¶14 On appeal, Lee does not contest the District Court's finding that the parties’ November 2018 Settlement Agreement was a valid, binding contract. Indeed, we agree with the District Court's determination that Hetherington controls. 257 Mont. at 399, 849 P.2d at 1042 (establishing that an unconditional acceptance will bind parties in a settlement agreement, even in the absence of a detailed agreement). Under this standard, the facts leave no doubt that the email sent by Lithia's counsel on November 15, 2018—which stated that “Mr. Lee will accept the offer to have the clutch replaced in exchange for settling all his claims against Lithia”—constituted an unconditional acceptance of Lithia's November 14, 2018 offer to settle under these terms.

¶15 Instead, Lee's appeal argues that the District Court erred in granting summary judgment because it did not address Lee's argument that the Settlement Agreement should not be enforced because Lithia “failed to perform the terms specified in the ․ [S]ettlement [A]greement.”1 Specifically, Lee argues that the Settlement Agreement does not require him to drop his lawsuit for misrepresentation and MCPA violations against Lithia because Lithia “materially breached the core of the [S]ettlement [A]greement” by “fail[ing] to provide him with a 2008 Subaru with a replaced engine that worked.” According to Lee, when the Subaru's engine replacement proved unsuccessful and Lithia refused to remedy that defect at their own expense, Lithia failed to perform a “self-evident” duty that it owed to Lee under the parties’ Agreement. Because of this, Lee asserts that a genuine dispute of material fact exists regarding whether Lithia fully performed its obligations under the Settlement Agreement, precluding summary judgment in his case. However, Lee's argument ignores that he expressly waived his claims under a legally binding contract.

¶16 As the District Court noted in its Order, “Lee released his claims under the terms of the Settlement Agreement. If Lee disputes whether Lithia performed its obligations in accordance with the contract, his remedy lies in contract.” Indeed, Montana Law establishes that the remedies available to a plaintiff who has settled, but who believes a defendant has breached the settlement agreement, are limited by contract law. See Hetherington, 257 Mont. at 399, 849 P.2d at 1042. A plaintiff's available remedies are an action to rescind that settlement agreement under § 28-2-1711(1)-(5), MCA (providing that a plaintiff may void a contract in specific scenarios, including if the contract was formed under duress, menace, or fraud), or, alternatively, a plaintiff may pursue an action for damages for breach of contract. See Hinderman v. Krivor, 2010 MT 230, ¶ 21, 358 Mont. 111, 244 P.3d 306 (citing § 28-2-1711, MCA). Here, Lee has not brought an action for recission or breach of contract in the District Court. As the District Court concluded, the Settlement Agreement is binding, and Lee waived his claims that Lithia committed MCPA violations and misrepresentation in inducing the original sales contract for the Subaru.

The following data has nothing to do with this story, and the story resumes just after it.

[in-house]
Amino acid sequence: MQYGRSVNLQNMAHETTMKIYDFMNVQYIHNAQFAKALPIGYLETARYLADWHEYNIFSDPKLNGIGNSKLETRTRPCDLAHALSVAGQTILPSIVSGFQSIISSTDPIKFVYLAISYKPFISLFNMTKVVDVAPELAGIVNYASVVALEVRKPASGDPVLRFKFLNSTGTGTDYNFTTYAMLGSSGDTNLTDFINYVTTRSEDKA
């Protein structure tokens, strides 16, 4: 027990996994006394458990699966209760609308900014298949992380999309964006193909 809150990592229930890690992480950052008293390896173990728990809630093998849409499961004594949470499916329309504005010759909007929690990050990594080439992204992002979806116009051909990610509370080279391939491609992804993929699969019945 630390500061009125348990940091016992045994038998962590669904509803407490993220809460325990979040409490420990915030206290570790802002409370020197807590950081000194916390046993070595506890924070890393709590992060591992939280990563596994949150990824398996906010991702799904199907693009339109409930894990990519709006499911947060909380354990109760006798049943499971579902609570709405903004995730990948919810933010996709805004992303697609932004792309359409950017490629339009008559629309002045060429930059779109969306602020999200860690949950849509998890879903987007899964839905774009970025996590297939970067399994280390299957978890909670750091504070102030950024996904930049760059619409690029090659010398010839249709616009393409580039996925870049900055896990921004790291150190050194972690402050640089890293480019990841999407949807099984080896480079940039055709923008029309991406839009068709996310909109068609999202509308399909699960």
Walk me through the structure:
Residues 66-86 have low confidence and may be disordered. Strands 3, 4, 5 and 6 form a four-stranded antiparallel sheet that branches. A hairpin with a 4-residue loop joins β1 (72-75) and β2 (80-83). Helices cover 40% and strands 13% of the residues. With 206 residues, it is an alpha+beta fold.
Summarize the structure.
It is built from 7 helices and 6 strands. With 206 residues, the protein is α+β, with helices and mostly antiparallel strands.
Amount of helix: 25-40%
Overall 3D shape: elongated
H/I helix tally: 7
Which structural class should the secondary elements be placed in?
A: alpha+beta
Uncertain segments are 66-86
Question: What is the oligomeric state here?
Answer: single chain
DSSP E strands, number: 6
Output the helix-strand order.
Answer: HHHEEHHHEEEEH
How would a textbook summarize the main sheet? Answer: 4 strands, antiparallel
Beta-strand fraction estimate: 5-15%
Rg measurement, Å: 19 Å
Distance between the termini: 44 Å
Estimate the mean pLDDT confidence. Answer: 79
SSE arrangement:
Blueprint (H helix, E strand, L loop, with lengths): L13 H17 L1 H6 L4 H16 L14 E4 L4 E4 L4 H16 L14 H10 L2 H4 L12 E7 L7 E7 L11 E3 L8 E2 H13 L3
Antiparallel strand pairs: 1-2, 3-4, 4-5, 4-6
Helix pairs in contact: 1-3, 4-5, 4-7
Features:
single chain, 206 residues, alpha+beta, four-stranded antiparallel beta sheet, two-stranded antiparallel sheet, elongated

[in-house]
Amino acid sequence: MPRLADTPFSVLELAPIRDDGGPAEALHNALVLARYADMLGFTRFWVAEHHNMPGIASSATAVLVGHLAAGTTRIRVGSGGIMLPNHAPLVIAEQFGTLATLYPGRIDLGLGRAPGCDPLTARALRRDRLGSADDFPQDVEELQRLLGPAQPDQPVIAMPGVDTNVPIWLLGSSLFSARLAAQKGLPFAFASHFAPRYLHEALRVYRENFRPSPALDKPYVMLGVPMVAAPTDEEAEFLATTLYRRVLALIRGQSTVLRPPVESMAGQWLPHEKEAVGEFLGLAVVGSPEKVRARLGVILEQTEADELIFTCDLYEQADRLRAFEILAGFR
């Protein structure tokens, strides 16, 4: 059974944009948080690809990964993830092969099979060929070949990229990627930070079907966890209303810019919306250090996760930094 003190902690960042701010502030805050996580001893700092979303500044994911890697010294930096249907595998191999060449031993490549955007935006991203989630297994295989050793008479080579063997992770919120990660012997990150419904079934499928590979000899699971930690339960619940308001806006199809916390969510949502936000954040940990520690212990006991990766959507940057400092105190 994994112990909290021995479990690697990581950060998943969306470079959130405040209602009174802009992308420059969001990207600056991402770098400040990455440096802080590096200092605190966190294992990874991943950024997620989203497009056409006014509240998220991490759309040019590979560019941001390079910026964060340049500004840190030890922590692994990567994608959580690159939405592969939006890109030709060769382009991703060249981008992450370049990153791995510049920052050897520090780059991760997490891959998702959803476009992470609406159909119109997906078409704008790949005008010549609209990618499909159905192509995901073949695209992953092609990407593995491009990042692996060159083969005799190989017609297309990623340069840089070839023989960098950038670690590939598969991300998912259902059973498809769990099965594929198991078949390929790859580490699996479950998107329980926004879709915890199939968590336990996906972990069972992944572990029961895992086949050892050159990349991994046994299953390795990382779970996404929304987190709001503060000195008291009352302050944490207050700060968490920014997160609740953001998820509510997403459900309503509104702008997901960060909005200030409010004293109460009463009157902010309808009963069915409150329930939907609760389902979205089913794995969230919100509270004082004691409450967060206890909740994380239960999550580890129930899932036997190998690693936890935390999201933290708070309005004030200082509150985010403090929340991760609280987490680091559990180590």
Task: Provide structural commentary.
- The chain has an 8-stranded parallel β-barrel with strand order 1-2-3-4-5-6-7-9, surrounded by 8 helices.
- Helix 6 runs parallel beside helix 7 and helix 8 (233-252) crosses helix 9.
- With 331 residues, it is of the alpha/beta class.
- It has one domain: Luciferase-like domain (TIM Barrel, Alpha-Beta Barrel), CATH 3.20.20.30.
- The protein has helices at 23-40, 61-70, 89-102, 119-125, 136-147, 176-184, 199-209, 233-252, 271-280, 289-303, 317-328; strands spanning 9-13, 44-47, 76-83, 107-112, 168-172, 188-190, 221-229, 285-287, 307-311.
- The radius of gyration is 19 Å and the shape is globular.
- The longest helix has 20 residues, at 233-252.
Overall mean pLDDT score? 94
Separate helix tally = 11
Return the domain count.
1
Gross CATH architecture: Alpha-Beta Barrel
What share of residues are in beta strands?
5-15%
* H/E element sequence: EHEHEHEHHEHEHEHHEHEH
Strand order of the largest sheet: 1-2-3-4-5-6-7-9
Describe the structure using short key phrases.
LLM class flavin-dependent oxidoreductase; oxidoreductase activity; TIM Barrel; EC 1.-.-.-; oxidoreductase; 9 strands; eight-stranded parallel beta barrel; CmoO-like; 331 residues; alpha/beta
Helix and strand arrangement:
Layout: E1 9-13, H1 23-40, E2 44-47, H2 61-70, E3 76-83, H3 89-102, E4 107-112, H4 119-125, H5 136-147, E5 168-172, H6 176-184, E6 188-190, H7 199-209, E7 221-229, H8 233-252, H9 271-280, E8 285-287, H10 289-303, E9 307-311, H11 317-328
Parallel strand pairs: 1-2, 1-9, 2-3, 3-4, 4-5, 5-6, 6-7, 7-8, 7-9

¶17 We have determined to decide this case pursuant to Section I, Paragraph 3(c) of our Internal Operating Rules, which provides for memorandum opinions. In the opinion of the Court, the case presents a question controlled by settled law or by the clear application of applicable standards of review.

¶18 Affirmed.


1.   Lee's appeal also alleges that the District Court erred because its Order on Motions for Summary Judgment did not undergo any analysis regarding the applicability of the equitable doctrine of “specific performance.” According to Lee, the District Court's grant of summary judgment for Lithia was actually an order for “specific performance” of the parties’ Settlement Agreement, which required the District Court to undergo an analysis under § 27-1-414, MCA (“Right to specific performance to be mutual”), to prove that Lithia had fully performed its end of the settlement contract before awarding this equitable remedy. However, we disagree that any such analysis was required in light of the District Court's clearly articulated findings that a lawful settlement agreement existed and that Lee had expressly waived his right to sue under this contract. Moreover, even if such an analysis was required, there is no evidence to indicate that Lithia did not fully perform its end of the Settlement Agreement when it fixed the clutch on Lee's vehicle.

Justice Laurie McKinnon delivered the Opinion of the Court.